The French 75 (or “75”) is fizzy, lemony, and delivers a such a kick that drinkers said it felt like being shelled with the powerful French 75 mm gun during World War I.
Created by bartender Harry MacElhone at the New York Bar in Paris, 1915, the original recipe was a champagne cocktail containing cognac. The drink with its name become popularized throughout the 1920’s.
Later variations of the French 75 use gin instead, which has become a common liquor for the drink. In New Orleans, however, they still make the drink with the original cognac. It is an International Bartenders Association official cocktail and considered a contemporary classic.
In French, the drink is simply a Soixante Quinze (“Seventy Five”).
- 1.5 oz Cognac or Gin
- 0.5 oz Simple Syrup
- 0.5 oz fresh Lemon Juice
- Fill a cocktail shaker with ice
- Add the cognac or gin, simple syrup, and lemon juice; shake well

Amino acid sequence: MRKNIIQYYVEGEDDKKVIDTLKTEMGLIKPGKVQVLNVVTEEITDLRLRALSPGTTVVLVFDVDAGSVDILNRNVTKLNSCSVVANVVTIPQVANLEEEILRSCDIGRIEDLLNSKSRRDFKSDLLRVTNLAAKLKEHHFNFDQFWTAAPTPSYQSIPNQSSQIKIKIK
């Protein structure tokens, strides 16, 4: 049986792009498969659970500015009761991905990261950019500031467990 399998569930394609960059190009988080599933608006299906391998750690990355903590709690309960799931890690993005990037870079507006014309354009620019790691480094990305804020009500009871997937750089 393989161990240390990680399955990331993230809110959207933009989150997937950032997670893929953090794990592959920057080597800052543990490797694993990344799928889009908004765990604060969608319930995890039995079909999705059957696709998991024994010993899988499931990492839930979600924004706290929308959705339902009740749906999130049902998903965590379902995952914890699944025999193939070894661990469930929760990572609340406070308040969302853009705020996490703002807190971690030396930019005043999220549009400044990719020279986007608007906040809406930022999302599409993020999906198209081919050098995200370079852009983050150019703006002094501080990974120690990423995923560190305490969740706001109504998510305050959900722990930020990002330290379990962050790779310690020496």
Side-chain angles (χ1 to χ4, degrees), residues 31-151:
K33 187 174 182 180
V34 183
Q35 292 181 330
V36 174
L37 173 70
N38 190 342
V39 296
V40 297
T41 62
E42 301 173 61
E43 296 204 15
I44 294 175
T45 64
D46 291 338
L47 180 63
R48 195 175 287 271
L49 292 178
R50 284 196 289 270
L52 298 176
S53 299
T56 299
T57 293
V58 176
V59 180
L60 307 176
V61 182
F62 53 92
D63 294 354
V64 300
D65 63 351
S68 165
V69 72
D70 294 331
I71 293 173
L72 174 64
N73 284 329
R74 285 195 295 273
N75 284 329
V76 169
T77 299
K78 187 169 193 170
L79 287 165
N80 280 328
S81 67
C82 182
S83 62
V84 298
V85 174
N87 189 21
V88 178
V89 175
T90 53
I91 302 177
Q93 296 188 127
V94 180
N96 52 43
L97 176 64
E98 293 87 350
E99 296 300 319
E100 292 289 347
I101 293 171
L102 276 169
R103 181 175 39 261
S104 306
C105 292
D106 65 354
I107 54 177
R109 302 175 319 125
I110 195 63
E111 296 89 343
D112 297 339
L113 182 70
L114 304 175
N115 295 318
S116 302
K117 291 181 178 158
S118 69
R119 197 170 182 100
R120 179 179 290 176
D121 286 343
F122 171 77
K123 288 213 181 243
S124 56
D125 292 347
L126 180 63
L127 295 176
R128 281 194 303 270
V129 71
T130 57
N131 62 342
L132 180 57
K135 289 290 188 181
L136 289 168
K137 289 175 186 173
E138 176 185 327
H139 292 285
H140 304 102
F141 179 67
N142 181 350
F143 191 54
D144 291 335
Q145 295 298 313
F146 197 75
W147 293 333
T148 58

- Strain into a martini or champagne glass
- Top with champagne, stir gently, and serve
French 75 Drunk History Bits:
- First recorded as the “75” in Harry’s ABC of Mixing Cocktails (1922 edition) by Harry MacElhone
- The recipe took its now-classic form in Here’s How (1927) by Judge Jr. (consisting of gin, sugar, lemon juice, and champagne)
- The embellished name, “French 75”, came when the recipe was republished in The Savoy Cocktail Book (1930)
- The French 75 was popularized in the U.S. at the Stork Club in New York
- It appears in the movie Casablanca (1942)
- It is referenced twice in John Wayne films: A Man Betrayed (1941) and Jet Pilot (1957)
Main image credit: Bulgarian Artillery